BBOXX solar shop in Kyarumba, Kasese District, Uganda

BBOXX solar shop in Kyarumba, Kasese District, Uganda

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Biira Joviah – Shop Manager in Kisinga, Kasese District, Uganda

Kasese 387

Grand opening of the Kisinga shop

Kasese 399

Customers filing into the Kisinga shop

Kasese 249

Display of solar systems in Bwera, Kasese District, Uganda

My original reason for coming, in fact, was exactly that: to make sure that people’s first experience with electricity was with a solar system.  In doing so, the hope is that dirty energy never gets a chance to gain a foothold in still-virgin Africa; Africa should get rich, and it must do so using renewable energy, not the dirty energy sources that, though they powered the West’s development, have also brought the world to the brink of environmental catastrophe.

Of course no matter how interesting the work is, it’d be hard to live in a harsh environment for more than a year or two.  That’s pretty much the impression we all have of Africa before ever visiting: famine and war, poverty and disease.  But that image is far from than the truth, which is that Africa (at least East Africa) is a pretty pleasant place to live—as long as you have money.

Gosh, when I was first moving in 2011, everyone asked questions like, “what will you eat—do they have food there?”  “Be careful you don’t get the AIDS!”  “Aren’t you worried you might get killed?”  True, I do often worry that maniacal drivers possessed by Big Man Syndrome might run me down.  The cities are crowded and dusty, with no sidewalks and some of the worst traffic in the world.  But when it gets to be too much you can always escape to Fort Portal, Uganda or Musanze, Rwanda for cool weather and mountain air (and pizza!), or tropical Jinja for drinks overlooking the Nile.  I’ve not only stayed AIDS-free, but also steered clear of malaria, schistosomiasis, and ebola.

The weather is perfect all the time; during the daytime you can sit in the shade and drink iced coffee, and by nightfall the air has reached that rare temperature where you can walk any distance without breaking a sweat, and sit for any length of time without needing a jacket.  As a result, most of the restaurants are open air garden settings, and doors are never closed—upon returns home to the States I sometimes see a shut door and think the store is closed, before remembering, “ah yeah, they just need to keep the cold air inside.”

Kigali weather

Jealous?

Food is cheap, and the coffee is excellent (at least in the capital cities—Endiro is the best I’ve had at any coffee shop in any country).  Kampala has no fewer than seven good pizza restaurants, a dozen coffee shops/cafes, great Indian food, two Thai restaurants, and even a Mexican joint!  Dinner and drinks at the fancy Indian restaurant will cost you $20, and with $2 minimums at the poshest casino’s blackjack tables, a bad night of gambling losses might put you back $25.  There’s enough variety to keep things interesting, but not enough to overwhelm you with choice.  People are incredibly nice; there are few places outside East Africa where you can joke around with a random police officer or security guard, and it makes you feel good when the boda drivers and shopkeepers wave at you on your way to work.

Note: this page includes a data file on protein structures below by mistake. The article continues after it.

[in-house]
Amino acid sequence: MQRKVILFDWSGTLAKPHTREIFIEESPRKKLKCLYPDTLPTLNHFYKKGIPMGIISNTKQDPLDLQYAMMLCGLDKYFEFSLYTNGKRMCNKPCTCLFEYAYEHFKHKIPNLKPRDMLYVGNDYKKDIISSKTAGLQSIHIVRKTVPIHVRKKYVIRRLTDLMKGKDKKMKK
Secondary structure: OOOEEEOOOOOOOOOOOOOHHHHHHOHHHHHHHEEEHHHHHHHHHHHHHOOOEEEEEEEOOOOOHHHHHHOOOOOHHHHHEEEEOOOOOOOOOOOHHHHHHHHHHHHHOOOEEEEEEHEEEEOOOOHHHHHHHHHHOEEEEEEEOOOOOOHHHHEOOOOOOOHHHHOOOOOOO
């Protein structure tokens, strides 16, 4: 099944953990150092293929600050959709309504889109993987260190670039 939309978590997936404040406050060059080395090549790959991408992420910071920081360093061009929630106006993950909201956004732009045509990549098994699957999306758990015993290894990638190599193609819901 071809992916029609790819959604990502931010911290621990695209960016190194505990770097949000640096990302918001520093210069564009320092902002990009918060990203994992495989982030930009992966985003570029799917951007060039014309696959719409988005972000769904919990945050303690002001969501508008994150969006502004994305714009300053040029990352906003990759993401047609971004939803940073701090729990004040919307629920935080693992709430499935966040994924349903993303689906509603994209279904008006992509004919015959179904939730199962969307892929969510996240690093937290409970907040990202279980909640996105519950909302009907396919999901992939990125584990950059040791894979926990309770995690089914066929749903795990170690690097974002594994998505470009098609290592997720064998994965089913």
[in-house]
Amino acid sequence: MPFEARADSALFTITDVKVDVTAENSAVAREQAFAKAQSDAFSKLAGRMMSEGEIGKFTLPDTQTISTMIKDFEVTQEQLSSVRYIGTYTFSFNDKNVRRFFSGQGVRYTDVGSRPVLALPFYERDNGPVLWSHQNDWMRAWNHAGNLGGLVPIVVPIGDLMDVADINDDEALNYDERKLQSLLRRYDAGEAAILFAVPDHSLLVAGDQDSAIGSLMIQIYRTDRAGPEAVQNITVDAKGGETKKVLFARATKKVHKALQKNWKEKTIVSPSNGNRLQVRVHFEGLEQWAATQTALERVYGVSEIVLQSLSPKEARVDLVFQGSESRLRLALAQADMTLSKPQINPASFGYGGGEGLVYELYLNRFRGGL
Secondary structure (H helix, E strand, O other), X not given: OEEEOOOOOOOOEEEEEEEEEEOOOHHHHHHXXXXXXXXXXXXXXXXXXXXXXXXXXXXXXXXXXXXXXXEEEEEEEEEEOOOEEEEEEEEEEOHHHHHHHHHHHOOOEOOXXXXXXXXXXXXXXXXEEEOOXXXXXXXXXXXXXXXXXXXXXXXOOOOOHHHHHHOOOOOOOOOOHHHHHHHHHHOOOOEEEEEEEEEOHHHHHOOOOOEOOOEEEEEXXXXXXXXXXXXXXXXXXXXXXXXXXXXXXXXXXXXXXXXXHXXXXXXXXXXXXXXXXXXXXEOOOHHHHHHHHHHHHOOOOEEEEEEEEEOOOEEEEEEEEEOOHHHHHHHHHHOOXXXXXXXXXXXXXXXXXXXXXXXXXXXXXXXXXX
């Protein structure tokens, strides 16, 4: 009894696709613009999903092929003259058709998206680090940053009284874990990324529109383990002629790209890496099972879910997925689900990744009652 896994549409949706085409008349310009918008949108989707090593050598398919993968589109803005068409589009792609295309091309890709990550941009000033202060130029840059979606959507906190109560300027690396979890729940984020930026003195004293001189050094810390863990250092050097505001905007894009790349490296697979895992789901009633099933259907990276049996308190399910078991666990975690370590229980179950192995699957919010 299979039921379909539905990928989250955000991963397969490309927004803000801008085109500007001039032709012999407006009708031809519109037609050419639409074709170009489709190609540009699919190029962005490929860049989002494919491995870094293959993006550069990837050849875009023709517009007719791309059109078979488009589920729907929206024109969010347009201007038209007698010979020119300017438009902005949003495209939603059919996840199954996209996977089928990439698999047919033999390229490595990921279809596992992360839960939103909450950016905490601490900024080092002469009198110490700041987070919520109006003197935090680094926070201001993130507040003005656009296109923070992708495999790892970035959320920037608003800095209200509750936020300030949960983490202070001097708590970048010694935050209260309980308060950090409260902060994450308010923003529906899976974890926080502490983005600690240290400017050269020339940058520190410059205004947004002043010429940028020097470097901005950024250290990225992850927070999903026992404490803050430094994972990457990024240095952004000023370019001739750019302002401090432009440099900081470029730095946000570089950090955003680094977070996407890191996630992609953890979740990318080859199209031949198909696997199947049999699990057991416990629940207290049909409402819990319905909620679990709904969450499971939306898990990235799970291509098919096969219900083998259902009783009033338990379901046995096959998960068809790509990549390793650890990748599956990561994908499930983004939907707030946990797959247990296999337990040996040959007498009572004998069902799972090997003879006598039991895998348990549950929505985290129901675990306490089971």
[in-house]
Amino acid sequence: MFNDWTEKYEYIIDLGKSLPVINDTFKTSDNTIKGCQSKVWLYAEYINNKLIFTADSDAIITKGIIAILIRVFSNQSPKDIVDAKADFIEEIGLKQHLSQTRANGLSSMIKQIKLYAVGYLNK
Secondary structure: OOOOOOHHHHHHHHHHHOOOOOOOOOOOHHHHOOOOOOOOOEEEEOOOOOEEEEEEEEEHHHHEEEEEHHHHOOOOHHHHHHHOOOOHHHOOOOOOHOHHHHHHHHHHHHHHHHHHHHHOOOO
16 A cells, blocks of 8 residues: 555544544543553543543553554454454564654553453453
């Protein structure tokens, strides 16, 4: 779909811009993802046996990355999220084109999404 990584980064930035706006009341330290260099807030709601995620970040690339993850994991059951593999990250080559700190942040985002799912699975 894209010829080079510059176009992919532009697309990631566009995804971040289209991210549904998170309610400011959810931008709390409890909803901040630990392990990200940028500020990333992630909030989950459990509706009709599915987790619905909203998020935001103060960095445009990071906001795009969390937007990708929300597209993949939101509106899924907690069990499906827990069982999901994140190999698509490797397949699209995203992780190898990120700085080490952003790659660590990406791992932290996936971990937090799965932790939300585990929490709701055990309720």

Best of all, life is always interesting, and it’s easy to meet people.  Things happen here that you would just never see in the States, from the quaint (the innocently bizarre and misspelled names local people come up with for their businesses, like “God Cares Supermarket,” or “Little Tinkles Nursery School,” or “Godfrey Real Estate Blocker”) to the sinister (Uganda’s heinous anti-gay bill) to the absurd (Wonderworld: an amusement park in Kampala built mostly from 1950s era imported carnival equipment).  Everyone you meet is working on this interesting project or for that organization which, however misguided or over-idealistic, nevertheless provides ample stories and interesting conversations.  Trips to the field inevitably produce tales of first-world hardship (“they were out of beans by 7pm so there was only pasted meat for dinner!”), crazy encounters (the frequent marriage proposals expat women receive from young village men), or, rarely, actual disaster (like the time our brand new van was destroyed in an accident in remote northern Uganda).  There’s always fodder for commiseration at the expat bar.

goat race

Goat Races: living in Kampala

The narrator in a very funny book I read remarked that “expats in Africa take care of each other.”  And it’s completely true.  The expat circle is the least exclusive fraternity around–because when everyone starts out a stranger, everyone is welcome.  Few people rebuff strangers’ attempts to initiate conversation.  Another foreigner is automatically a familiar face, someone with whom to talk about home or to share your distaste for matooke.  It’s easy to make friends.

The bad part is when those friends leave for another post or for home, which almost everyone eventually does.  Being far from home is hard—missing weddings, grandparents’ 93rd birthdays, family vacations.  I will eventually move back too, but not yet—there is still a lot of catching up on this blog to do, and there are a lot of solar systems to install!

To that end, I will actually be writing regularly from now on.  After a year of silence while waiting for my work permit to be approved, I have quite a backlog of stories to share and things to write about.  So subscribe or bookmark this page, there will be more to come!